Why is our research effort for PD so SLOW? Are we barking up the wrong tree? I found this broadcast most interesting
What are the most promising potential treatments for Parkinson's? Professor Peter Jenner at Kings College London gives a unique overview of the science which offers the potential for a cure or better treatments . . .
His thoughts about the problem:
Needed is focus on discrete patient groups when doing research. Right now
we're too focused on "one disease", "one cause", "one cure"
He Suggests repurposing of drugs . . . shorter time, less risk, less cost, side effects known, rapidly explored hypothesis
Anti-diabetics: glitazones, exenatide
Cholesterol lowering drugs: simvastin
Anti-cancer drugs: nilotinib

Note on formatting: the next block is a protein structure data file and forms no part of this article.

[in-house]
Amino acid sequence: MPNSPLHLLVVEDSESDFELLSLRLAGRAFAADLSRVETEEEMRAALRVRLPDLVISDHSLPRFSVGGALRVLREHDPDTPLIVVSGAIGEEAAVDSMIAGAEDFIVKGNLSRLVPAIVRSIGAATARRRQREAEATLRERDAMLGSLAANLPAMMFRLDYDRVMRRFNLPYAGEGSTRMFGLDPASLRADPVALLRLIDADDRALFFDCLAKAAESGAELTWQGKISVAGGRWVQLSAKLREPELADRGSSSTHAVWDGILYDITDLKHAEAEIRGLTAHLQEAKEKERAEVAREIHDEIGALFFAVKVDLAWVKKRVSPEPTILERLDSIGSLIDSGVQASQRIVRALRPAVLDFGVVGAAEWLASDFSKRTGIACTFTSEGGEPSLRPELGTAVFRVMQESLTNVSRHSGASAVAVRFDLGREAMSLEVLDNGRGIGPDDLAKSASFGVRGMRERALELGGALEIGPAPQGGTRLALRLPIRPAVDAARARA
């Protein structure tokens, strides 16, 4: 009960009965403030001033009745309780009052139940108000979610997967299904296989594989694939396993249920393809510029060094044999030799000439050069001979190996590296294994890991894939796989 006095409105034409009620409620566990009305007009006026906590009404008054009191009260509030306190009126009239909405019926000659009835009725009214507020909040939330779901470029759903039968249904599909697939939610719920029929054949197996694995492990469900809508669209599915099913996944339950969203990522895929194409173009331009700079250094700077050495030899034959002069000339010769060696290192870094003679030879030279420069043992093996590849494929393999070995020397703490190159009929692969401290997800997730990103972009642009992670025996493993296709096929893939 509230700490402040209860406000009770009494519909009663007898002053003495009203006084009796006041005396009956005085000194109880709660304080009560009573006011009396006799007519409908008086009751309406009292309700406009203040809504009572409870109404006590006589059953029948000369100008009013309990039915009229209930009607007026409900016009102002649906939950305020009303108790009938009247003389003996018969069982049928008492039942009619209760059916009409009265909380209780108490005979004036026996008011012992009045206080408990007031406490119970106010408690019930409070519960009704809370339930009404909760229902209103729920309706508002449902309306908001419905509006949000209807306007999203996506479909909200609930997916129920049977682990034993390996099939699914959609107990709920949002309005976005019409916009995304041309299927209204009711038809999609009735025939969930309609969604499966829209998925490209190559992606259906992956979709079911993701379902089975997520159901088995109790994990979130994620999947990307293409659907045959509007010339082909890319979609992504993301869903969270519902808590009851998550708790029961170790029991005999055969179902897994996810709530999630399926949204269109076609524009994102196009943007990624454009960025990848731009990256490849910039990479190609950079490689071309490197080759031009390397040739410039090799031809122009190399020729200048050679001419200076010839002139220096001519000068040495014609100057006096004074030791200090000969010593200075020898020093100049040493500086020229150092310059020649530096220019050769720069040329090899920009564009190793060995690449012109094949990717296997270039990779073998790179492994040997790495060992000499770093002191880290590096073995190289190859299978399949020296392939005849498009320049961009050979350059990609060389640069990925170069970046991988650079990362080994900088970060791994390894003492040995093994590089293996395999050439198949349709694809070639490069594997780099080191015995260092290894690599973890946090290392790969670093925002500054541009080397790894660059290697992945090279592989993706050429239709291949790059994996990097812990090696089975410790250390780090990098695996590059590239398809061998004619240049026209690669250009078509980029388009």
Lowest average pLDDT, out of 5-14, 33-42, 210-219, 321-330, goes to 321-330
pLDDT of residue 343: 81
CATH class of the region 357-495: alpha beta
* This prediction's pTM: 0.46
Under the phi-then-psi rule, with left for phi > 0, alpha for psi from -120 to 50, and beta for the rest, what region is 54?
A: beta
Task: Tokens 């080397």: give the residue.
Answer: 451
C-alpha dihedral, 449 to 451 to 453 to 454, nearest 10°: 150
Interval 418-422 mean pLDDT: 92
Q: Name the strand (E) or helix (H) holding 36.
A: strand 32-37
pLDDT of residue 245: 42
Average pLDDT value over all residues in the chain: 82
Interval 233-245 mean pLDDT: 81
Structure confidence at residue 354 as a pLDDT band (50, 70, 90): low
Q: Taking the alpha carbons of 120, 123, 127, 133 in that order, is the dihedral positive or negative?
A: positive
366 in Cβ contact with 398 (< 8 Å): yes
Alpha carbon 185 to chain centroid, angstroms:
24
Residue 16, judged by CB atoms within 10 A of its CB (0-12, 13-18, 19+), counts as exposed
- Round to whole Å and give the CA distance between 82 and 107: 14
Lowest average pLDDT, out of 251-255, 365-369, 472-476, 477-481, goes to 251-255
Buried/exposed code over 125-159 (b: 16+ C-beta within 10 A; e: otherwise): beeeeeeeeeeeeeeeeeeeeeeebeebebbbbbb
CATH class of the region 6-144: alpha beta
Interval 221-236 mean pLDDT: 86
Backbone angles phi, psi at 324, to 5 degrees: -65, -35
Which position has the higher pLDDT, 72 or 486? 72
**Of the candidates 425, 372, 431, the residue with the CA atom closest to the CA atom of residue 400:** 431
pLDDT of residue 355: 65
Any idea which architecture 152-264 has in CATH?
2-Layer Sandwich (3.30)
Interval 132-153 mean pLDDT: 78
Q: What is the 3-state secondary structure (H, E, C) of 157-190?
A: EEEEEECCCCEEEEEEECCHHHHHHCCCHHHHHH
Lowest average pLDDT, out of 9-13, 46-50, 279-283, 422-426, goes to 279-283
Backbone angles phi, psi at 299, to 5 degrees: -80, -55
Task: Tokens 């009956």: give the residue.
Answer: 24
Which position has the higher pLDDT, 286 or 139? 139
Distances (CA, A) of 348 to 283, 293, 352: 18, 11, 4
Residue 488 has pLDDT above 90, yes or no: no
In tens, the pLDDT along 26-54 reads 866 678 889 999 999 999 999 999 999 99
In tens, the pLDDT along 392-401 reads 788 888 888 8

Anti-malarials: chloroquine, amodiaguine
Iron chelators: desferrioxamine
He suggests - Parkinsons is a syndrome
Differing patterns of pathology and biochemical change
No single cause or pathogenic mechanism
Classical clinical trials design ignores subtypes
unlikely to find that 'one size' drug fits all
Gene therapy and stem cell approach
Neuroprotection seems a more difficult and longer term objective
Modification of processes linked to gene defects may provide modifying
Treatment must be started early
All these approaches must be aimed at the complex pathology of Parkinsons
What are your thoughts. Is he on track ?